for symphonic wind ensemble
When we are young, many of us think that our parents will live forever. While children are exposed to the idea of death at various ages, the idea that it can happen to a parent seems foreign (at least until we watch Bambi). In fact, the idea of parental invincibility can last well past childhood.
This is the backdrop to my composition of infinity/interrupted. I began writing shortly after my mother was diagnosed with an uncommon and aggressive form of breast cancer. While I thought about the idea of infinity, one of the first musical ideas I decided on was the use of the number 8, first tonally with octatonic pitch collections, and then rhythmically in a variety of ways.
Although the “interruption” of the “infinity” of a parent’s life was the original inspiration while working on this piece, life dealt several more interruptions along the way. In September, my mom’s brother, who was a sheriff’s deputy in Florida, was shot and killed in the line of duty. While dealing with the effects and treatment of cancer is a long, trying, and arduous journey, the shock and immediacy of this kind of lost impacts you in a completely different way.
Around the time that my uncle was killed, I was reading Summerland by Michael Chabon, and got to this passage near the end:
“It was the kind of promise a father makes easily and sincerely, knowing at the same time that it will be impossible to keep. The truth of some promises is not as important as whether or not you can believe in them, with all your heart. A game of baseball can’t really make a summer day last forever. A home run can’t really heal all the broken places in our world, or in a single human heart. And there was no way that Mr. Feld could keep his promise never to leave Ethan again. All parents leave their children one day. Ethan knew that better now than he had ever known it before. But he was glad to have the promise nevertheless.”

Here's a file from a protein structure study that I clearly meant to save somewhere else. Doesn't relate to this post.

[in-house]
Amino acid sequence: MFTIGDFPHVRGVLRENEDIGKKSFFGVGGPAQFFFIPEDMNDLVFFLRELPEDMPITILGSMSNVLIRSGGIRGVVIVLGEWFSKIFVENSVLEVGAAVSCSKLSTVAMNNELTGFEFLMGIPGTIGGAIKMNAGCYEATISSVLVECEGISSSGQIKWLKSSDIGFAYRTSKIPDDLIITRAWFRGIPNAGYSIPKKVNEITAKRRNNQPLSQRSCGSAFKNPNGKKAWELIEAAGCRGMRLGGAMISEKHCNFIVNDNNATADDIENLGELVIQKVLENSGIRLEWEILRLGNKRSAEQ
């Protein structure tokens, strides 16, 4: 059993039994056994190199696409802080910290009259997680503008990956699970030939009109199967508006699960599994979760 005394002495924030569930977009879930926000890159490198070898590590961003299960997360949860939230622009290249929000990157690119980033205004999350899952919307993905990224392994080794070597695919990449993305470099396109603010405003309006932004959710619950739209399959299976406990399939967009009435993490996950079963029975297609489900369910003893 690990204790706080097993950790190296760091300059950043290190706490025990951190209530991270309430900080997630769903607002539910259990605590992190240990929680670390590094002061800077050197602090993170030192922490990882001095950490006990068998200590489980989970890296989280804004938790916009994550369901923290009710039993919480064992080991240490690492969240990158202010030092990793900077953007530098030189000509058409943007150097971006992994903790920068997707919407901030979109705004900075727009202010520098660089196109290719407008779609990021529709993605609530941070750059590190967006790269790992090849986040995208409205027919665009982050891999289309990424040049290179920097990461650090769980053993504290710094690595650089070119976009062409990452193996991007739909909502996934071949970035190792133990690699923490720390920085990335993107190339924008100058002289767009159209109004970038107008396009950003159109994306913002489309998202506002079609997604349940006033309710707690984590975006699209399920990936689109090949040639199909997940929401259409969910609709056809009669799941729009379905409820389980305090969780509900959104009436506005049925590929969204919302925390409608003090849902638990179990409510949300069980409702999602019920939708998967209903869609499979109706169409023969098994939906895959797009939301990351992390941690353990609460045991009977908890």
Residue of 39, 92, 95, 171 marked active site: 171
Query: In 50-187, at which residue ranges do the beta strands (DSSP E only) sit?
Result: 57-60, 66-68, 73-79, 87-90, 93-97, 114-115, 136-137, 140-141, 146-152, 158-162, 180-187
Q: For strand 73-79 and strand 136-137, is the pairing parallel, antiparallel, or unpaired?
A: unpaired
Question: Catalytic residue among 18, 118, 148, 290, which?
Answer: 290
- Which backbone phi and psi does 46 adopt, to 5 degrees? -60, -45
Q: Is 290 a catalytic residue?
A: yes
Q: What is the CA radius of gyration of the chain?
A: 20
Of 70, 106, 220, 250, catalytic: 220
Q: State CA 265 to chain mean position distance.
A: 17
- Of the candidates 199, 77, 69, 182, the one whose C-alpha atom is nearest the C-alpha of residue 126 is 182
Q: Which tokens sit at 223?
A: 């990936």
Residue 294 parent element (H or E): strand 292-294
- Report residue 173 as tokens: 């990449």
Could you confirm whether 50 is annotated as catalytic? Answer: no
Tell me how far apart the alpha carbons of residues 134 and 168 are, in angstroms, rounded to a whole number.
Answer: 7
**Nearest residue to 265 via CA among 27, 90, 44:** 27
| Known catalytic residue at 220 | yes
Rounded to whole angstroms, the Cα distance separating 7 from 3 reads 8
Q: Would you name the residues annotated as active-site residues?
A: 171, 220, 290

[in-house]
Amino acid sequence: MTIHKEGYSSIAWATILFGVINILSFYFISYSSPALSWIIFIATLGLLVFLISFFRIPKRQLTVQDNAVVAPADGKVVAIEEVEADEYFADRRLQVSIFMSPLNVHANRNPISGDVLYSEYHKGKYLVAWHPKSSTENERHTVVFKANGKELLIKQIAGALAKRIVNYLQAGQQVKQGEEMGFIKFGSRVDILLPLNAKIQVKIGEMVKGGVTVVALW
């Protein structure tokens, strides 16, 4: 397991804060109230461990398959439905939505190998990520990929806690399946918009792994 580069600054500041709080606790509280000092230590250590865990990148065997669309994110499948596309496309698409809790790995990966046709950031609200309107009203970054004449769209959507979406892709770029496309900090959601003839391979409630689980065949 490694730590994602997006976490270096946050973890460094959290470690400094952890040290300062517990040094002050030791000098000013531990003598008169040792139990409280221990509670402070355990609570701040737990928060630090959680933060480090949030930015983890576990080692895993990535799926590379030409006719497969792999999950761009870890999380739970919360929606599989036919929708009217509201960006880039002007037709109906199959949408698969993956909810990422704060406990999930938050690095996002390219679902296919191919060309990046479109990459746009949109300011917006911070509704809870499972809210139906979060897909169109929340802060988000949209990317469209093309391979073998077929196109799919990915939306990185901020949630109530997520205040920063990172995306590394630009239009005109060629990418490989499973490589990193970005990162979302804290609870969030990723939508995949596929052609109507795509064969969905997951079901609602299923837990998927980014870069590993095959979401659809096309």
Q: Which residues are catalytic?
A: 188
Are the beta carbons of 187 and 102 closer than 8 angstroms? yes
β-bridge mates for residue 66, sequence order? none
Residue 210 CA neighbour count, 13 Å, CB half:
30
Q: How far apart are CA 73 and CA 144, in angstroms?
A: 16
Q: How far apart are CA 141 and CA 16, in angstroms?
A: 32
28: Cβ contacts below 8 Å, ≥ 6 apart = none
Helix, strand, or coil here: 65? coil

This idea really resonated with me, and helped inform how I approached the remainder of the piece (as an aside, around this time my computer hard drive also failed, and I almost lost many things, including everything I had written for this up to that point. While in the scheme of everything, this was much less important, I did not miss the irony of being forcibly interrupted while working on a piece about interruptions. And I back up much more regularly now).
A few days after I finished writing infinity/interrupted in December 2015, my grandmother passed away after a long, eventful, and courageous life. And even though her passing was not altogether unexpected, the shock and loss associated with losing someone so close is still incredibly trying.
With this piece I am at least attempting to explore all of these ideas, the discord, the competing attentions, the mechanical routine, the solace – and in the end the point I try to get to is not closure and not acceptance, but at least in some sense, it is peace.